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Longtime City Employee Expected to Be Named Irwindale Manager

TIMES STAFF WRITER

Since 1959, when Alfred Fraijo Herrera was hired as a part-time park maintenance man at the age of 24, he has climbed the ranks in City Hall, from traffic cop to police sergeant to recreation director to assistant city manager.

Now, the 55-year-old Irwindale native is preparing to move higher up. Next week, Charles R. Martin is expected to resign as Irwindale’s city manager and city clerk, although continuing as city attorney and executive director of the Community Redevelopment Agency.

And indications are that Herrera, Martin’s longtime assistant, will be named to succeed him as city manager and clerk.

Herrera, whose great-grandfather Don Gregorio Fraijo emigrated from Mexico and was one of Irwindale’s first settlers, would be the first native resident, and the first Latino, to manage the 33-year-old city in a permanent post.

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He also would be the first permanent city manager that Irwindale has had for 17 years. Martin was hired as acting city manager in 1973 and never has been appointed to the permanent job.

Martin’s decision to relinquish two of his four Irwindale jobs comes as the balance of power on Irwindale’s City Council shifts to a new majority of Frederick Barbosa, Mayor Richard Chico and Robert Diaz. Barbosa, who replaced longtime incumbent Joseph Breceda after the April 10 election, said after his election victory that one of his first priorities would be to ask Martin to resign from two of his jobs.

Whereas other cities have gone through elaborate screening processes, conducted nationwide searches and run advertisements to find city managers, Herrera’s appointment probably will occur without much debate. He is Martin’s handpicked candidate, and at least three City Council members say they want to hire him.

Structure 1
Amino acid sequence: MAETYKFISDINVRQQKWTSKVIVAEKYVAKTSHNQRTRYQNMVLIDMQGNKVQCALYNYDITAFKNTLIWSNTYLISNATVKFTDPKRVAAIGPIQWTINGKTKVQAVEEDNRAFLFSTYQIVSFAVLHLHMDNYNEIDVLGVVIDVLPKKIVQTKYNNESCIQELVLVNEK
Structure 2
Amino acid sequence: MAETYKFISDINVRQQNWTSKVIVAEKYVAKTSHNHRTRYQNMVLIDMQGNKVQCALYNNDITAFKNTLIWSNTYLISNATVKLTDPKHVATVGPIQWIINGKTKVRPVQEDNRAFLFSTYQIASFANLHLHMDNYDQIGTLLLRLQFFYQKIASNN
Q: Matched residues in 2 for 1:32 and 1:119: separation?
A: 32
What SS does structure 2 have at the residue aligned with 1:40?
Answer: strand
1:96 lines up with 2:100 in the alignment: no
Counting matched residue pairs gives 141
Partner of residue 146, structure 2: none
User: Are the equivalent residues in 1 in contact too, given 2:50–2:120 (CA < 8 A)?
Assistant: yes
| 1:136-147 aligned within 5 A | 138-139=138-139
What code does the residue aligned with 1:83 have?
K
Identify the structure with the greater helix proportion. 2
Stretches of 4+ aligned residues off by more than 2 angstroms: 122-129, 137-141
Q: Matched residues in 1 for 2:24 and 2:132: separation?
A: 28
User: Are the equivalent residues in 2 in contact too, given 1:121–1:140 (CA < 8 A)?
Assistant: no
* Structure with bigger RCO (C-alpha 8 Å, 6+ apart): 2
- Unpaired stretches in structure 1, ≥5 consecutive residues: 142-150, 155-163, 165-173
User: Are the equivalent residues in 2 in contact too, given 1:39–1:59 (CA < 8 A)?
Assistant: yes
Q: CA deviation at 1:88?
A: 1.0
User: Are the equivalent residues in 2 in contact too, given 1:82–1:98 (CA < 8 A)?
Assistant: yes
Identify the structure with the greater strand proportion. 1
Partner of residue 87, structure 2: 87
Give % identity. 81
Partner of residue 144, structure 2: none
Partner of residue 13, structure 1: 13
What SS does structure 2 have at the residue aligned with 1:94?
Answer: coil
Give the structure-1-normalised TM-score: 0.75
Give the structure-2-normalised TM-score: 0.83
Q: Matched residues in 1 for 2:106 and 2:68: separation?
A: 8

“I see no sense in trying to find someone from the outside,” Councilman Salvador Hernandez said. “Freddie’s been there for over 30 years now. He’s pretty well qualified--very well qualified, I should say.”

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Barbosa and Chico also said they want to appoint Herrera, but Diaz and Councilman Patricio Miranda refused to say how they’d vote.

Besides wearing multiple hats in Irwindale and earning a $163,704 annual salary, Martin serves as city attorney for Sierra Madre and Temple City. At one time he held 16 jobs in six cities, including Azusa, San Marino and South Pasadena, while working for Irwindale.

Herrera’s salary in the new role hasn’t been determined; he now makes $66,000 a year as assistant city manager.

Some of Herrera’s supporters say he’s often had to fill in while Martin attended to his numerous other duties.

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“I don’t think it’s been fair,” Chico said. “I know (Herrera) had to deal with a lot of things that Mr. Martin hasn’t wanted to deal with, that the city manager should take care of.”

He added, though, that Martin “has done well for the city. We’ve had city managers in the past that were full time that didn’t do as well as Mr. Martin.”

Martin did not return numerous telephone calls placed to his office.

In spite of his multiple responsibilities spread over the San Gabriel Valley, Martin has been credited with helping to transform Irwindale from a dusty town of gravel pits to a bustling center of industry and commerce.

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Tax revenues generated by business parks and technological centers have swelled redevelopment agency coffers, making it possible to provide residents with free eye care, $10,000 home improvement grants, and college and trade school scholarships.

Herrera said he never planned a career in city government. In 1959, two years after Irwindale incorporated, he returned home from a two-year Army posting in France and planned to resume his part-time job in a water heater manufacturing plant. “I was just going to loaf,” he said.

But instead, the new city’s leaders lured Herrera into temporary work in the Park Department, where he helped start recreation programs. When it was time to form a police department, Herrera and several other Irwindale residents volunteered. They trained at the sheriff’s academy and became the city’s first officers.

In the meantime, Herrera took classes in recreation and police science at local community colleges and in planning and municipal government at UCLA and USC. But he said he never was at one campus long enough to get a degree. “I’ve learned the most while on the job,” he said.

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